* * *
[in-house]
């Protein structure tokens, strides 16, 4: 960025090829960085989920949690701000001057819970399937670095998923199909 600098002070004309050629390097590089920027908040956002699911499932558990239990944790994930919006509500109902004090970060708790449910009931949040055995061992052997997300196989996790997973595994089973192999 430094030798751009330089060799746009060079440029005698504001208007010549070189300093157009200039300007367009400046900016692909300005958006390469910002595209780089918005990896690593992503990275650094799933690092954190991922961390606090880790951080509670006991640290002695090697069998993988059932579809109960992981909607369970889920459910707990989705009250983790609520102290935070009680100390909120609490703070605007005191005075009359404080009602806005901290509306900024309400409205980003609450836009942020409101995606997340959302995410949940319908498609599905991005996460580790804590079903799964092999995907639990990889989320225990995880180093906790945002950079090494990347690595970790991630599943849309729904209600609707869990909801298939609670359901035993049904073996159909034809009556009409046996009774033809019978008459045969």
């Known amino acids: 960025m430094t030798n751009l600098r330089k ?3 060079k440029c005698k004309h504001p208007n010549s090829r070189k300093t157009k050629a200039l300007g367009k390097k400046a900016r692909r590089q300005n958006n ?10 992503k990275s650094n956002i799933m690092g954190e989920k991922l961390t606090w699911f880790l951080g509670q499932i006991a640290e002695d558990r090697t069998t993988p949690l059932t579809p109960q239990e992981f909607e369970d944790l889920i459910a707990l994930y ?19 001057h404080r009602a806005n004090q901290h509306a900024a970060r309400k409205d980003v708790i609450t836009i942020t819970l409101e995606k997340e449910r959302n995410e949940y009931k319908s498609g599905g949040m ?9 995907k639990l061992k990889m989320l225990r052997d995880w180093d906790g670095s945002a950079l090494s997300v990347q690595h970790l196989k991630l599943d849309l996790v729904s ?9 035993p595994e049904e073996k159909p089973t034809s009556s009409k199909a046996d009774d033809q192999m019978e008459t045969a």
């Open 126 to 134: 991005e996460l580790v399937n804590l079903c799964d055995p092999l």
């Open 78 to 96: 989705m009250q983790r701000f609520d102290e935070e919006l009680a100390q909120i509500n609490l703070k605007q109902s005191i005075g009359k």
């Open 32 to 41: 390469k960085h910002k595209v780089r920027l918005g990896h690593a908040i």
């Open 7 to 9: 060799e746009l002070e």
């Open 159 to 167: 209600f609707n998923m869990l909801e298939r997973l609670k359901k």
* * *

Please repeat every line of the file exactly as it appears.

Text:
[in-house]
């Protein structure tokens, strides 16, 4: 960025090829960085989920949690701000001057819970399937670095998923199909 600098002070004309050629390097590089920027908040956002699911499932558990239990944790994930919006509500109902004090970060708790449910009931949040055995061992052997997300196989996790997973595994089973192999 430094030798751009330089060799746009060079440029005698504001208007010549070189300093157009200039300007367009400046900016692909300005958006390469910002595209780089918005990896690593992503990275650094799933690092954190991922961390606090880790951080509670006991640290002695090697069998993988059932579809109960992981909607369970889920459910707990989705009250983790609520102290935070009680100390909120609490703070605007005191005075009359404080009602806005901290509306900024309400409205980003609450836009942020409101995606997340959302995410949940319908498609599905991005996460580790804590079903799964092999995907639990990889989320225990995880180093906790945002950079090494990347690595970790991630599943849309729904209600609707869990909801298939609670359901035993049904073996159909034809009556009409046996009774033809019978008459045969």
């Known amino acids: 960025m430094t030798n751009l600098r330089k ?3 060079k440029c005698k004309h504001p208007n010549s090829r070189k300093t157009k050629a200039l300007g367009k390097k400046a900016r692909r590089q300005n958006n ?10 992503k990275s650094n956002i799933m690092g954190e989920k991922l961390t606090w699911f880790l951080g509670q499932i006991a640290e002695d558990r090697t069998t993988p949690l059932t579809p109960q239990e992981f909607e369970d944790l889920i459910a707990l994930y ?19 001057h404080r009602a806005n004090q901290h509306a900024a970060r309400k409205d980003v708790i609450t836009i942020t819970l409101e995606k997340e449910r959302n995410e949940y009931k319908s498609g599905g949040m ?9 995907k639990l061992k990889m989320l225990r052997d995880w180093d906790g670095s945002a950079l090494s997300v990347q690595h970790l196989k991630l599943d849309l996790v729904s ?9 035993p595994e049904e073996k159909p089973t034809s009556s009409k199909a046996d009774d033809q192999m019978e008459t045969a």
């Open 126 to 134: 991005e996460l580790v399937n804590l079903c799964d055995p092999l």
């Open 78 to 96: 989705m009250q983790r701000f609520d102290e935070e919006l009680a100390q909120i509500n609490l703070k605007q109902s005191i005075g009359k």
């Open 32 to 41: 390469k960085h910002k595209v780089r920027l918005g990896h690593a908040i």
């Open 7 to 9: 060799e746009l002070e």
């Open 159 to 167: 209600f609707n998923m869990l909801e298939r997973l609670k359901k």